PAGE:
From the January 2010 Idaho Observer:
Things Have Just Gotten Underway
“The several States composing the United States of America, are not united on the principle of unlimited submission to their General Government.” –Thomas Jefferson
by Michael Boldin
If we believe the only way to protect our rights is by begging federal politicians to do what we want, then the emails we received in December exclaiming “Last Chance to Stop National Healthcare!” are right. The vote went as expected, and so will the next.
And if we think marching on D.C. or calling our Representatives, or threatening to “throw the bums out” in 2010 or 2012 or 20-whatever, is going to further the cause of the Constitution and liberty – we might as well get our shackles on now. The last chance has come and gone.
But the Senate’s health care vote is far from the end of things – and even should it go into effect (and I assume some version will), it’s still not the end of the road for our freedom.
The real way to resist DC is not by begging politicians and judges in Washington to allow us to exercise our rights…it’s to exercise our rights whether they give us “permission” to or not.
Nullification – state-level resistance to unconstitutional federal laws – is the way forward
When a state ‘nullifies’ a federal law, it proclaims that the law in question is void and inoperative, or ‘non-effective,’ within the boundaries of that state; or, in other words, not a law as far as that state is concerned.
It’s peaceful, effective, and has a long history in the American tradition. It’s been invoked in support of free speech, in opposition to war and fugitive slave laws, and more. Regarding nullification and health care, there’s already a growing movement right now. Led by Arizona, voters in a number of states may get a chance to approve State Constitutional Amendments in 2010 that would effectively ban national health care in their states. Sources at the Tenth Amendment Center indicate that we should expect to see 20-25 states consider such legislation in 2010.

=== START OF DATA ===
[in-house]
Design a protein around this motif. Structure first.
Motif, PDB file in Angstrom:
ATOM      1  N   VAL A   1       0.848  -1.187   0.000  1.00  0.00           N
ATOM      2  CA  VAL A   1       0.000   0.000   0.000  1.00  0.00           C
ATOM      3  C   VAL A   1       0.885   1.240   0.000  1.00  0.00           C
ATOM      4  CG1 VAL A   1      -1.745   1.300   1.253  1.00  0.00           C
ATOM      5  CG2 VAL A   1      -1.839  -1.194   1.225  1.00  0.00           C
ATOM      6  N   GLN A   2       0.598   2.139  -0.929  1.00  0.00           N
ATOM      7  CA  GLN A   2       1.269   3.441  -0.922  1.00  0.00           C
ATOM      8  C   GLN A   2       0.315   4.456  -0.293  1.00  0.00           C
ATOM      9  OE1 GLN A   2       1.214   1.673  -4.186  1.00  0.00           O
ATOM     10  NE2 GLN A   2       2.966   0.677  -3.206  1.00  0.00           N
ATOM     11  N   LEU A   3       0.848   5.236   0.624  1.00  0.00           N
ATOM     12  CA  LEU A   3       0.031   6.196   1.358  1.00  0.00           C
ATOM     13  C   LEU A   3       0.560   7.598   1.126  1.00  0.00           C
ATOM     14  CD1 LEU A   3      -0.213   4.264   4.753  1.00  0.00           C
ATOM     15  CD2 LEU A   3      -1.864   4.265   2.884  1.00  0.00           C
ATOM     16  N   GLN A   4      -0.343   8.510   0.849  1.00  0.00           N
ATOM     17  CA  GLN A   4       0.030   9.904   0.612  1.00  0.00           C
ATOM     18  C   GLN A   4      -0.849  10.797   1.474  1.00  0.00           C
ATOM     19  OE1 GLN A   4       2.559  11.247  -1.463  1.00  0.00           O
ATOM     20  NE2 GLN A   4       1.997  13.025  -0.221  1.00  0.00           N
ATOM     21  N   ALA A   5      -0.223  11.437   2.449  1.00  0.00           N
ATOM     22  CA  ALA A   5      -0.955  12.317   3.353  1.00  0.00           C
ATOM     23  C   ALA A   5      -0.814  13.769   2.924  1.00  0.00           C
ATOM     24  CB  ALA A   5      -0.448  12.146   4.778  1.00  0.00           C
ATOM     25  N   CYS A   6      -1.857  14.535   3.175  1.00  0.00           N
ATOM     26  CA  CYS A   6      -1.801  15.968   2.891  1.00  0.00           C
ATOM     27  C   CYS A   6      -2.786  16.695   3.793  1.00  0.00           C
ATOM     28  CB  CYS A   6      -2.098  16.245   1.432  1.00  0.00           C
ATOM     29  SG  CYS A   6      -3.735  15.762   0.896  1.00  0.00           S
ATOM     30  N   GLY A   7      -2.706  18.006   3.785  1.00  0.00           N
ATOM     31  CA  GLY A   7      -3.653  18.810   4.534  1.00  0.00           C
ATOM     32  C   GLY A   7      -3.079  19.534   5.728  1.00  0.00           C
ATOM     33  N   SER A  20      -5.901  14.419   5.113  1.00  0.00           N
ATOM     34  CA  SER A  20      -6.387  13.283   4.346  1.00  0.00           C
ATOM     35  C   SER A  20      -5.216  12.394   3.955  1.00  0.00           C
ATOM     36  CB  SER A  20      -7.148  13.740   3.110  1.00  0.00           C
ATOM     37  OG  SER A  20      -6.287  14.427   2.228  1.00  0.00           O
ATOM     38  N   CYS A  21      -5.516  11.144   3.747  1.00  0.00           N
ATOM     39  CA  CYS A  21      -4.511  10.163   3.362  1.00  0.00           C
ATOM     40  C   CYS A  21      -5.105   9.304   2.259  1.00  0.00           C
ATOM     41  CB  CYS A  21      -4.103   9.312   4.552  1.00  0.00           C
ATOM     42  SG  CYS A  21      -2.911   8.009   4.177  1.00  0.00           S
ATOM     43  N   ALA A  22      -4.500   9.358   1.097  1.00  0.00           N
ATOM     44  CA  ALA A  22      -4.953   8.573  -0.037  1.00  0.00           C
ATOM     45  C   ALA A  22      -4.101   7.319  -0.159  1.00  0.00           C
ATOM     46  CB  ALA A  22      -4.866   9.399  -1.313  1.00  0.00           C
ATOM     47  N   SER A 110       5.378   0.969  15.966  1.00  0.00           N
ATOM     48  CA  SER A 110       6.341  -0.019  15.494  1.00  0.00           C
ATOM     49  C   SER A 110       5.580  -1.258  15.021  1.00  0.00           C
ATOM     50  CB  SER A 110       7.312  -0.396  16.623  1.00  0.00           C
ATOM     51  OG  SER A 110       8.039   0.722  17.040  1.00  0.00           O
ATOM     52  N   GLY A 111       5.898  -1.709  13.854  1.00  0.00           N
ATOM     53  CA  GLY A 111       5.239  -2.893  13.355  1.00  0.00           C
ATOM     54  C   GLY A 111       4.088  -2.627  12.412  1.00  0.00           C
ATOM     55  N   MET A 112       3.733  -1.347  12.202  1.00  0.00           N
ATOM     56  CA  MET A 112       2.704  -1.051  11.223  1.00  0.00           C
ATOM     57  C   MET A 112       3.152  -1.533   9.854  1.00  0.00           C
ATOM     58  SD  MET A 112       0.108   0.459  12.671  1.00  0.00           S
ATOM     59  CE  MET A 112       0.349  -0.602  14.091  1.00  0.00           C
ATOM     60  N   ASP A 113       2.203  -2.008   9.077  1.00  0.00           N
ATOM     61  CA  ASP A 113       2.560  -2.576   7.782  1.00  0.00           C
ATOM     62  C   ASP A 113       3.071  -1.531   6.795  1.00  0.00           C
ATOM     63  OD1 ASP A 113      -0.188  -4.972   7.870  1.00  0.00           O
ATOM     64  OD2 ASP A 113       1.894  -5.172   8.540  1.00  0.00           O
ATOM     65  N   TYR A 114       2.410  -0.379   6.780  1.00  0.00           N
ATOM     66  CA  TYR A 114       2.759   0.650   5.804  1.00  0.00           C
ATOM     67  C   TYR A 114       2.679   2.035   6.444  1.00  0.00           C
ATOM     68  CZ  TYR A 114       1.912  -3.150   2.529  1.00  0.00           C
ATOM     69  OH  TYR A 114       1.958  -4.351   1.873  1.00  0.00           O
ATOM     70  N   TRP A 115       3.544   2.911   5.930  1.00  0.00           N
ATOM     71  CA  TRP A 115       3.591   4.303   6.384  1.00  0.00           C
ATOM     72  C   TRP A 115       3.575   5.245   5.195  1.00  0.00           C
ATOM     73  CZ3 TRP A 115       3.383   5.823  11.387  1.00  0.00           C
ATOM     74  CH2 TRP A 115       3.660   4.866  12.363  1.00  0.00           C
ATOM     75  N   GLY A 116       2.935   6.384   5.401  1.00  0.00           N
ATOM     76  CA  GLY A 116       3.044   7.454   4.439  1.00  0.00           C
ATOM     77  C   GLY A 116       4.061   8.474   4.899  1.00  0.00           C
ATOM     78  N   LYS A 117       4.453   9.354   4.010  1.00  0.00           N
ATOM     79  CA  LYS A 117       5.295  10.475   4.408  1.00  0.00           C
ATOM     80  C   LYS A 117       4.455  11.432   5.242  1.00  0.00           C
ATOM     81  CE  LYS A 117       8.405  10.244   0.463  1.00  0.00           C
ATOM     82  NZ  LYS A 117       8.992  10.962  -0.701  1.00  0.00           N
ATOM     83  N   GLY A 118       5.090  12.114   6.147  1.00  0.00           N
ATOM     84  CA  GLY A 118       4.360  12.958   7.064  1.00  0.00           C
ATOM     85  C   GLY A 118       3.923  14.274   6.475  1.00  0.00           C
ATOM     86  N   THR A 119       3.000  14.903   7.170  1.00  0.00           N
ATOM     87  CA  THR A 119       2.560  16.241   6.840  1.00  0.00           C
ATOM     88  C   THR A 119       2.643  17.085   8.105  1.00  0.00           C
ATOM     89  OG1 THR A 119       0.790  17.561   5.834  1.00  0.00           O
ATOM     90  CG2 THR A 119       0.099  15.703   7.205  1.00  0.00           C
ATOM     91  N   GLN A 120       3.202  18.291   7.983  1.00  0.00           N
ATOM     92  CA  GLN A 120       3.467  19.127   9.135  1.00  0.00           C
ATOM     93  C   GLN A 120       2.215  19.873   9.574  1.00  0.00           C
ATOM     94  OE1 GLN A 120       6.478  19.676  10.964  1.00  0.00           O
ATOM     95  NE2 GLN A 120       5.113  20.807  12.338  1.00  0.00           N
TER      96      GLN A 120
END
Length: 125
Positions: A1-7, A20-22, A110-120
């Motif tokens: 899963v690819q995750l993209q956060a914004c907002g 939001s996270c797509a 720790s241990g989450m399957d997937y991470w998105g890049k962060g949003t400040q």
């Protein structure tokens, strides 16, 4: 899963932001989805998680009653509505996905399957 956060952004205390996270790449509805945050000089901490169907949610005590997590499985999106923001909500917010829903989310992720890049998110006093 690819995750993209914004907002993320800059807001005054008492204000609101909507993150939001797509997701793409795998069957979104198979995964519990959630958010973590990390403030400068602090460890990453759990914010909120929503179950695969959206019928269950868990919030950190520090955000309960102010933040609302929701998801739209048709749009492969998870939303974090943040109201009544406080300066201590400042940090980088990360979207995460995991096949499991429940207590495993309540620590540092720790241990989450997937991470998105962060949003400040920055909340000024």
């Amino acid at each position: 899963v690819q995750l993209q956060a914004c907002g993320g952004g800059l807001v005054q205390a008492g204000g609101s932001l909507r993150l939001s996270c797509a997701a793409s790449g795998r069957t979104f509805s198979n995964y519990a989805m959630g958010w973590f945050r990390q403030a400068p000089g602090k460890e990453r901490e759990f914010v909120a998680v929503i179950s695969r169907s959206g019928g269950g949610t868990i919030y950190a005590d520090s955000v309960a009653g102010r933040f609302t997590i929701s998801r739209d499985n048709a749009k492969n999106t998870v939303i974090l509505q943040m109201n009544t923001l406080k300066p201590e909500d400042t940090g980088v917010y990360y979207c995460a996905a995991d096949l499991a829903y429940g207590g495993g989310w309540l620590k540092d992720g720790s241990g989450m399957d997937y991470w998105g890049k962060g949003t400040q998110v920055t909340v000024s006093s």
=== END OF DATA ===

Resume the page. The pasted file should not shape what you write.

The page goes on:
20 States resisting DC can do what calling, marching, yelling, faxing, and emailing has almost never done. Stop the feds dead in their tracks.
For example, 13 states are already defying federal marijuana prohibition, and the federal government is having such a hard time dealing with it that the Obama administration recently announced that it would no longer prioritize enforcement in states that have medical marijuana laws.
And in the last two years or so, more than 20 states have been able to effectively prevent the Real ID Act of 2005 from being implemented. How did they do that? By passing laws and resolutions refusing to comply with it. And today, it’s effectively null and void without ever being repealed by Congress or challenged in court.
While the Obama administration would like to revive it under a different name, the reality is still there – with massive state-level resistance, the federal government can be pushed back inside its constitutional box. Issue by issue, law by law, the best way to change the federal government is by resisting it on the state level. That’s nullification at work.
Over the years, wise men and women warned us that the Constitution would never enforce itself. The time is long overdue for people to start recognizing this fact, and bring that enforcement closer to home. If you want to make real change; if you want to really do something for liberty and for the Constitution…focus on local activism and your state governments. Start by finding out when your local County Republican or Democrat Central Committee meets and learn about becoming a precinct committeeman. Many positions are vacant, and this is where state resolutions are born.
Michael Boldin is the founder of the Tenth Amendment Center. Read more on the history of nullification at:
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